Vrasidas Karalis on Cornelius Castoriadis

21 September 2006

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Cornelius Castoriadis
Cornelius Castoriadis

Cornelius Castoriadis is one of the most provocative and contradictory philosophers of the 20th century.

After his departure from Marxism and communism he struggled to articulate a new vision for politics and society, a vision that would incorporate the need of individuals to find an autonomous definition of themselves. His critique of modern societies as imposing structures that transform individuals into heteronomous subjects led him to the radical re-invention of democracy as the politics of self-institution by reflective conscience through active political involvement.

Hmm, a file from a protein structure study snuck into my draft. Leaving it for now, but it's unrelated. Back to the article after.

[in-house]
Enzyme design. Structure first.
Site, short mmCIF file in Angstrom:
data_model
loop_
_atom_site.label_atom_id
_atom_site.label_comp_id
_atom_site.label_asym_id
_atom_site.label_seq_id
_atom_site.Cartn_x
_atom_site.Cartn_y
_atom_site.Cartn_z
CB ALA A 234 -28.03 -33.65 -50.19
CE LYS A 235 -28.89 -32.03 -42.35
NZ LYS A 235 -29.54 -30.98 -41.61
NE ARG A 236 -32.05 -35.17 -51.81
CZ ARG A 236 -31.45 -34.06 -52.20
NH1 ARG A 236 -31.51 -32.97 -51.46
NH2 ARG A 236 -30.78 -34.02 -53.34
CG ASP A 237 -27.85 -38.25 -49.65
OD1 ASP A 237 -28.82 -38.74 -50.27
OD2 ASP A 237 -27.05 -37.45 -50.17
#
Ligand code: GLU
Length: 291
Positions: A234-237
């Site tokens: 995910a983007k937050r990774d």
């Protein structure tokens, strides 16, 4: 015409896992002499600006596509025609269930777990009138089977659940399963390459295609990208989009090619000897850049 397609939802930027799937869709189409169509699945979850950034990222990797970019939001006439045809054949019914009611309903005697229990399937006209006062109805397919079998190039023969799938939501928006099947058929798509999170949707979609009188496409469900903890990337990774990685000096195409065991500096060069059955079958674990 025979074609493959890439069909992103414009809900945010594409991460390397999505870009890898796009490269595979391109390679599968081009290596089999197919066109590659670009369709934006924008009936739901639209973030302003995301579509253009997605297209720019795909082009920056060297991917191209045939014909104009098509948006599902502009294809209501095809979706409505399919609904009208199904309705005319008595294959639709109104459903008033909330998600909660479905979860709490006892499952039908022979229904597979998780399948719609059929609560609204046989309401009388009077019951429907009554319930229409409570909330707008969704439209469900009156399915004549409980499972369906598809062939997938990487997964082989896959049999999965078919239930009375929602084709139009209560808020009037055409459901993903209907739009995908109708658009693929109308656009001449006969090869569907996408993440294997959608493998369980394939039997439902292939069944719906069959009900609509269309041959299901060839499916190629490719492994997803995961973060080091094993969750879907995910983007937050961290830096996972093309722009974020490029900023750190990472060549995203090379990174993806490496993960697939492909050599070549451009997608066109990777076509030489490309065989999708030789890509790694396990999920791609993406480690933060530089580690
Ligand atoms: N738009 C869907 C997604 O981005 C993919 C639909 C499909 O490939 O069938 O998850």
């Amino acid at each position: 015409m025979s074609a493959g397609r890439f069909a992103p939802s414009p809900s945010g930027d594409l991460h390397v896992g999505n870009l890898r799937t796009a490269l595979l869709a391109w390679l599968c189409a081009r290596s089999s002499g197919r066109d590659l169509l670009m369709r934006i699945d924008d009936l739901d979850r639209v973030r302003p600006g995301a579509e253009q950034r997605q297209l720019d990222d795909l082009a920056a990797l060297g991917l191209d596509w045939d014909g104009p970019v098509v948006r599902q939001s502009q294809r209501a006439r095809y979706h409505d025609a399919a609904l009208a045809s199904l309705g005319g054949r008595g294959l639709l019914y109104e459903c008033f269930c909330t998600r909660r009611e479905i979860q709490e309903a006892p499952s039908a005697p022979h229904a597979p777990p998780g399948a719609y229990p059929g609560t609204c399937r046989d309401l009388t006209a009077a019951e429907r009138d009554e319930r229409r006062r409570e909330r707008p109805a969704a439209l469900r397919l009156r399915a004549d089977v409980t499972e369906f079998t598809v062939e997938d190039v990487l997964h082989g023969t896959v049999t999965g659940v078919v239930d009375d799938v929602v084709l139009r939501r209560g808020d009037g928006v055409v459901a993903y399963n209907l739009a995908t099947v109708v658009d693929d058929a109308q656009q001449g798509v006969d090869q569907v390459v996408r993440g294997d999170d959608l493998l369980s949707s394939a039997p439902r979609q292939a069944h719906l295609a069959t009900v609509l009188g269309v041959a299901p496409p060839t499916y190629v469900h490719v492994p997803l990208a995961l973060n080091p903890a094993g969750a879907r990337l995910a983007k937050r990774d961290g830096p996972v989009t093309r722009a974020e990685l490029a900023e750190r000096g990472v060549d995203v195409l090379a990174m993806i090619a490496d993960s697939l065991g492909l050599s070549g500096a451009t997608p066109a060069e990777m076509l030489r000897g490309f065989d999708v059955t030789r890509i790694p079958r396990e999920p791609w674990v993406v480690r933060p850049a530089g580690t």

Overall, his philosophy is characterised by a tragic vision of politics without religious redeemers or political messiahs, yet with a positive optimism for the future of rational thinking and rational societies.

This lecture was presented by Associate Professor Vrasidas Karalis, Chair of Modern Greek Studies.

Entry is free. No bookings necessary.

Other upcoming lectures in the series:

4 October - Walter Benjamin

11 October - Norbert Elias

18 October - Karl Marx

Contact: Nicholas Haskins

Phone: 9036 7219